17 April 2024

A brain imaging study reveals how the brain decodes the social significance of facial ornaments

Published on the CNRS biology website: https://www.insb.cnrs.fr/fr/cnrsinfo/quand-le-cerveau-decode-la-signification-sociale-des-ornements-du-visage

Since prehistoric times, we have decorated our faces with ornaments and paintings to communicate our social role. An interdisciplinary group of researchers from the University of Bordeaux and the CNRS have used functional magnetic resonance imaging (fMRI) to map the brain regions involved in attributing social status to faces decorated with ornaments and paintings. This research sheds light on the brain mechanisms underlying the interpretation of social markers on the human face and provides valuable insights into the cultural evolution of our species. It has just been published in Brain Structure and Function.

For at least 150,000 years, humans have been culturally modifying their bodies by wearing ornaments and using pigments. These practices have been powerful means of communication, expressing identity, group membership, and social status. To identify the brain processes associated with attributing social status to facial ornaments, an interdisciplinary team including neuroscientists from the Neurofunctional Imaging Group (Institute of Neurodegenerative Diseases, University of Bordeaux – CEA – CNRS) and archaeologists from the PACEA laboratory (University of Bordeaux – CNRS – Ministry of Culture) explored the mechanisms at work in the human brain, using fMRI.

The study results reveal that several brain regions are involved in the encoding, evaluating, and categorizing of social status based on facial ornamentation. The fusiform gyrus, known for its role in face perception, is crucial in this activity, enabling individuals to recognize and process faces as vectors of social information. The orbitofrontal cortex, associated with social evaluation and decision-making, is also activated when attributing social status.
The salience network, responsible for detecting and integrating relevant information, also showed significant activity during this task.

Another notable result is the activation of the hippocampus and parahippocampus, regions associated with memory and associative abilities. These regions probably facilitate recalling past experiences and retrieving relevant information needed to make social judgments based on face ornamentation. The inferior frontal gyrus, a region involved in language processing, also showed activity while interpreting facial ornaments as vectors of information about individuals’ social status. This result suggests proximity between processes linked to language comprehension and those applied to the symbolic interpretation of facial ornamentation.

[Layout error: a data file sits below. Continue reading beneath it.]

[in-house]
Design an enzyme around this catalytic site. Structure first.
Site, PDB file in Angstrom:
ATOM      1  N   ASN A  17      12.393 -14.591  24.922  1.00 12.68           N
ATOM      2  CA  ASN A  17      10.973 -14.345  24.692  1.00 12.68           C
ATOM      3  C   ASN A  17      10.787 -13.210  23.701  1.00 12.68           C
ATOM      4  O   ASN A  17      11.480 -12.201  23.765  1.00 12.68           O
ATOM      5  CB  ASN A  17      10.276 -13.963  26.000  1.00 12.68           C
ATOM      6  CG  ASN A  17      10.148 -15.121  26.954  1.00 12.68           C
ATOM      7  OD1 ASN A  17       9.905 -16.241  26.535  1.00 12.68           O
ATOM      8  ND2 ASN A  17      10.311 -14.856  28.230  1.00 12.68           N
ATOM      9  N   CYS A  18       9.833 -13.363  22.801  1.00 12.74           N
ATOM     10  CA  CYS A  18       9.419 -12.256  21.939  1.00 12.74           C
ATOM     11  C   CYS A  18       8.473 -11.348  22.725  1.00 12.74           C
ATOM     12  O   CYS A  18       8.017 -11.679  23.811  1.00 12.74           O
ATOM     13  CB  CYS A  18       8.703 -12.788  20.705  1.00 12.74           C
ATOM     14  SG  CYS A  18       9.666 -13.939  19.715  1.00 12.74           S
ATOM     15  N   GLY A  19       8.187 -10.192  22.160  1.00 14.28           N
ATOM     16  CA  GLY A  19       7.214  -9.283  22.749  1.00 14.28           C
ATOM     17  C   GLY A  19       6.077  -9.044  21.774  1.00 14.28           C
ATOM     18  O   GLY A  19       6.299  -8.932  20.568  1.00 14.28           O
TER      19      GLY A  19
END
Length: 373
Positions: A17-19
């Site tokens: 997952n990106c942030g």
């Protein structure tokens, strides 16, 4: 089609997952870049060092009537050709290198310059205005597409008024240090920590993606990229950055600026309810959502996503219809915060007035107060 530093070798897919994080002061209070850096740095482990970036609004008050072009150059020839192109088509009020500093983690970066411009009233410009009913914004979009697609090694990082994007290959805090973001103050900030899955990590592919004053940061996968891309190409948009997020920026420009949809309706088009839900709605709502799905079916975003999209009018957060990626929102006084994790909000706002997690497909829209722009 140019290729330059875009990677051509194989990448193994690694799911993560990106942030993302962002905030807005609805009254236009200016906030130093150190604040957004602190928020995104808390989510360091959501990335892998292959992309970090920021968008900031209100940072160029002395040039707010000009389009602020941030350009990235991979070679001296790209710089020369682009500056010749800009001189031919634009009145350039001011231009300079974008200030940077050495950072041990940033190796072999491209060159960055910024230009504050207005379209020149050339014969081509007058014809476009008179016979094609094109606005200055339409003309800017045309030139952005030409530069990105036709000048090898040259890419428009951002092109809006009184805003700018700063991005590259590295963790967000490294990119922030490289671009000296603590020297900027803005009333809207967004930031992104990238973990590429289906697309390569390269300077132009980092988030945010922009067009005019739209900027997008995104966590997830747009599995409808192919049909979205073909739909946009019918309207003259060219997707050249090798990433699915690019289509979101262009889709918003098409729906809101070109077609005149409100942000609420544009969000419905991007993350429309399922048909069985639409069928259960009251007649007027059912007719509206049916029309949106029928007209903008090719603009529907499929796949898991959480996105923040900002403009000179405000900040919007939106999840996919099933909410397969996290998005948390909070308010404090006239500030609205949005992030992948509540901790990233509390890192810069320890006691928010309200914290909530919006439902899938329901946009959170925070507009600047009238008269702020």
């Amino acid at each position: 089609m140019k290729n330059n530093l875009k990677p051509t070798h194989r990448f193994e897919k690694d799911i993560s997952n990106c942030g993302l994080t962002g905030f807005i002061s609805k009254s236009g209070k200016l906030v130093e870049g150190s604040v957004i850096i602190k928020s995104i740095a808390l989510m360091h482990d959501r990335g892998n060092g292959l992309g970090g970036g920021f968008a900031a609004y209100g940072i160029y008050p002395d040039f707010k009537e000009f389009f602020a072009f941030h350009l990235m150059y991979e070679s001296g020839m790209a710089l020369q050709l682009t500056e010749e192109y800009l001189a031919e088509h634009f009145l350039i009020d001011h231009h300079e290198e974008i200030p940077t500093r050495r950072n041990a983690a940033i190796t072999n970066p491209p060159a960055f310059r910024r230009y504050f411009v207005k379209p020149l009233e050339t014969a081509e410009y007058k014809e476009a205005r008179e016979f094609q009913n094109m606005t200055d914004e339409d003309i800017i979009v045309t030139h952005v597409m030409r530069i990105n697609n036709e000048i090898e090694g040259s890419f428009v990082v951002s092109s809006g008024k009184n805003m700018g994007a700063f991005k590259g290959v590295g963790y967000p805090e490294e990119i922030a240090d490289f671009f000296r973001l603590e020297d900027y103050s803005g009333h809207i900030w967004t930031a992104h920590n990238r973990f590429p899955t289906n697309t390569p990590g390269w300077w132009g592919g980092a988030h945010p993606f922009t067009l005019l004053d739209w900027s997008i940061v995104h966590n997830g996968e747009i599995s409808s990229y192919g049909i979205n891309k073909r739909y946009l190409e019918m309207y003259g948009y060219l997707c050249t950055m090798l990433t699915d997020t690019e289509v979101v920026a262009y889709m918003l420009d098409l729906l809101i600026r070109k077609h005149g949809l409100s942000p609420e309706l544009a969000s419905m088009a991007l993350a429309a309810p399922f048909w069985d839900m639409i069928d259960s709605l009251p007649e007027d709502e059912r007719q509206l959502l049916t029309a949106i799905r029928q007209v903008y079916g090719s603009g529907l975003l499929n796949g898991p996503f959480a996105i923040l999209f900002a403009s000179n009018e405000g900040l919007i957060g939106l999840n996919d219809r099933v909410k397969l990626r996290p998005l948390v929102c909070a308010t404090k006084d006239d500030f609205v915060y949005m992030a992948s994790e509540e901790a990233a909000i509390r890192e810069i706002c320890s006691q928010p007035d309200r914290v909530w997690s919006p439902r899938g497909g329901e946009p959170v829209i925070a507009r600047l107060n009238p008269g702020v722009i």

An analysis of functional connectivity in the resting state revealed complex interactions and coordination between the fusiform gyrus, orbitofrontal cortex, salience network, hippocampus, parahippocampus, and inferior frontal gyrus. These brain networks collectively contribute to interpreting and attributing social status based on facial ornamentation.

The results of this study represent a significant advance in our understanding of the cerebral underpinnings of social status attribution and the symbolic interpretation of social markers on the human face. The researchers propose that these connections must already have been partly in place in Homo populations using red ochre 300,000 years ago and must have reached a degree of integration close to our own 140,000 years ago in Homo sapiens, who combined the use of ochre for body painting with the use of shell ornaments.


Left: Based on facial ornamentation, participants had to choose the person who best matched the proposed status from three possibilities. Right: Lateral and inferior views of brain activations triggered by the attribution of social status. (LH: left hemisphere, RH: right hemisphere, Inf: inferior view).


Salagnon M., d’Errico F., Rigaud S. Mellet E. 2024. Assigning a social status from face adornments: an fMRI study.
Brain Structure and Function



Emmanuel Mellet – emmanuel.mellet@u-bordeaux.fr / +33 5 33 51 48 43

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Francesco d’Errico – francesco.derrico@u-bordeaux.fr / +33 5 40 00 26 28

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